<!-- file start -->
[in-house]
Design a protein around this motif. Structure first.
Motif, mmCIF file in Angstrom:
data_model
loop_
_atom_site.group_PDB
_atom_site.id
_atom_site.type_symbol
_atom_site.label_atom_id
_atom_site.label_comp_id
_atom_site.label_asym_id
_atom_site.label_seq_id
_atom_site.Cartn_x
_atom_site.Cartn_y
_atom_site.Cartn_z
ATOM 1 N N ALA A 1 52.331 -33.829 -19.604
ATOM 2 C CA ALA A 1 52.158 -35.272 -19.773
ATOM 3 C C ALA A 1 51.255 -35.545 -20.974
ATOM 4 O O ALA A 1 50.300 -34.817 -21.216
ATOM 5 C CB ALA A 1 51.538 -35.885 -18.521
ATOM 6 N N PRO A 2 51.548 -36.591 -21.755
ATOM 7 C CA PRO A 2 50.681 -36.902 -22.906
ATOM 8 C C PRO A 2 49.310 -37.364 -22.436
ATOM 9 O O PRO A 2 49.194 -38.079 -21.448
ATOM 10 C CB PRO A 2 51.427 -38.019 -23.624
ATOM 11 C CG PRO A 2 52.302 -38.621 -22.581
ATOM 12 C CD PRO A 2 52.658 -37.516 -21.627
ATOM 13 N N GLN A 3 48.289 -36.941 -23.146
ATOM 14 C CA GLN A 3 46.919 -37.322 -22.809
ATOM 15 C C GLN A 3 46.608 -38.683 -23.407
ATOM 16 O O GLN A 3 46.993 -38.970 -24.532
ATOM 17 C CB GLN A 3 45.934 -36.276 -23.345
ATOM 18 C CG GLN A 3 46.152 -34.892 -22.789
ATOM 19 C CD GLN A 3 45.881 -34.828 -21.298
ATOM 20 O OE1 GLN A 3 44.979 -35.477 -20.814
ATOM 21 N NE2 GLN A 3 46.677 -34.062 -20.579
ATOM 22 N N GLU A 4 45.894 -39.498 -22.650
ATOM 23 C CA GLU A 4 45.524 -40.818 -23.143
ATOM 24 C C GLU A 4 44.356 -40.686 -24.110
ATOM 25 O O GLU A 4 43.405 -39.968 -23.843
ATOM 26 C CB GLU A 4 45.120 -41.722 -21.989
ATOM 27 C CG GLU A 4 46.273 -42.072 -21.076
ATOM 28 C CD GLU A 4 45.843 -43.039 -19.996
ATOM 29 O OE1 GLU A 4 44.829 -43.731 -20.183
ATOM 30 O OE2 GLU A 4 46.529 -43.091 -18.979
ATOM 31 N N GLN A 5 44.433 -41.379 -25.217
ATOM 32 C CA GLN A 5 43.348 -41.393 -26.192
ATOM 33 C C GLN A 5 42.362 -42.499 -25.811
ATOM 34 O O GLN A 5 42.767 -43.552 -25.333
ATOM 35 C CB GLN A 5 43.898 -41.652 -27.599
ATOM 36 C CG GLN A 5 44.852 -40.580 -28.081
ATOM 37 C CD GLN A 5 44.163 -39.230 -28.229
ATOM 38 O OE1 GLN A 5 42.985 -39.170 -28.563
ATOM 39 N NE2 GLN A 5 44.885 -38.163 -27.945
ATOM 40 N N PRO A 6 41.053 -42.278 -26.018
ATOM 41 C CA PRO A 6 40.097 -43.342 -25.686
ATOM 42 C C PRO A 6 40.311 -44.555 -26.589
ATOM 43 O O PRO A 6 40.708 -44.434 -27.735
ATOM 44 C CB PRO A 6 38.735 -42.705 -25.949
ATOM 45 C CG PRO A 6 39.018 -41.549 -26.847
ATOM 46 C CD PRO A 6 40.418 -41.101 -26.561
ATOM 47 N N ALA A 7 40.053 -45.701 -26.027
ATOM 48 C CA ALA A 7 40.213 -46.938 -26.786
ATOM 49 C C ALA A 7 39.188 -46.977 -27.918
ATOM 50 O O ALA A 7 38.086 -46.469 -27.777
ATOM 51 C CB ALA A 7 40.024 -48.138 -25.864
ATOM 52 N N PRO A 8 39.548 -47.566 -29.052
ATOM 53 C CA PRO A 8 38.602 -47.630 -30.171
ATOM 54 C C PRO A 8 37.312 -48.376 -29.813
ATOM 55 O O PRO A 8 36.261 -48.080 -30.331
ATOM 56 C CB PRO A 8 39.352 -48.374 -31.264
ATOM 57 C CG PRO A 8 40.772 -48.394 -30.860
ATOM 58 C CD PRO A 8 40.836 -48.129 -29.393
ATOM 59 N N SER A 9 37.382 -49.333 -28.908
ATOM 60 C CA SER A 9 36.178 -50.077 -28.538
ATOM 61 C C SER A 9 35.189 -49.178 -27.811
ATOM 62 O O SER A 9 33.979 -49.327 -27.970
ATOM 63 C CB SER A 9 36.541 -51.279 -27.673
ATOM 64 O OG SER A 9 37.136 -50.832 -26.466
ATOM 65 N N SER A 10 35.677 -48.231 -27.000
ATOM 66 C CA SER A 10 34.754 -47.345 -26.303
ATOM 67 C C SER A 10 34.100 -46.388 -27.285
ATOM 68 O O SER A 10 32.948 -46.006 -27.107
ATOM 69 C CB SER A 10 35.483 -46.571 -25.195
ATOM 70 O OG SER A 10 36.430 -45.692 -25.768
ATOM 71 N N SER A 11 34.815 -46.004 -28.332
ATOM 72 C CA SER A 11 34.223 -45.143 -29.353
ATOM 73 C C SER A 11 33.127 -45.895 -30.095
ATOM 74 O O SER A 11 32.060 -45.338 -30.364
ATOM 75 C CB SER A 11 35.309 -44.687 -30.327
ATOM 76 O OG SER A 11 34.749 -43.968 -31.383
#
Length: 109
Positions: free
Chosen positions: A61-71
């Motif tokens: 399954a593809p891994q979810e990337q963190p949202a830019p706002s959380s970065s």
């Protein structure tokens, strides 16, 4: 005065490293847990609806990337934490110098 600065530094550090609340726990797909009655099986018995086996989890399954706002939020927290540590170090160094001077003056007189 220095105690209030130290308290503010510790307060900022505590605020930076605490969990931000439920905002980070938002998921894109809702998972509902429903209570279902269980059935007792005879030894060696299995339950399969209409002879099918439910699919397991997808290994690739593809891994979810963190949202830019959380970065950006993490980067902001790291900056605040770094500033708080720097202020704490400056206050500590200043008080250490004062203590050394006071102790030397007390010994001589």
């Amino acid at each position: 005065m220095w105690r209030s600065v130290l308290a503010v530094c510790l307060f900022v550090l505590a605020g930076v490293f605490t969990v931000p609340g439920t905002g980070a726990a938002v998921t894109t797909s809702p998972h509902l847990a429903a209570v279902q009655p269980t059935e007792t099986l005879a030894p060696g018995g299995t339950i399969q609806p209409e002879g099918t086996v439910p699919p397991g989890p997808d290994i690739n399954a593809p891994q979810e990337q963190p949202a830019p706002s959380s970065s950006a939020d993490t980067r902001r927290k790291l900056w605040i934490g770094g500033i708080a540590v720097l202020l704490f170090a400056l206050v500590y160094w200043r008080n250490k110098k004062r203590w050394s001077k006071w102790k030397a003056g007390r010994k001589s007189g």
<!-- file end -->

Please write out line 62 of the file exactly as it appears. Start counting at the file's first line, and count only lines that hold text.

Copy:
ATOM 47 N N ALA A 7 40.053 -45.701 -26.027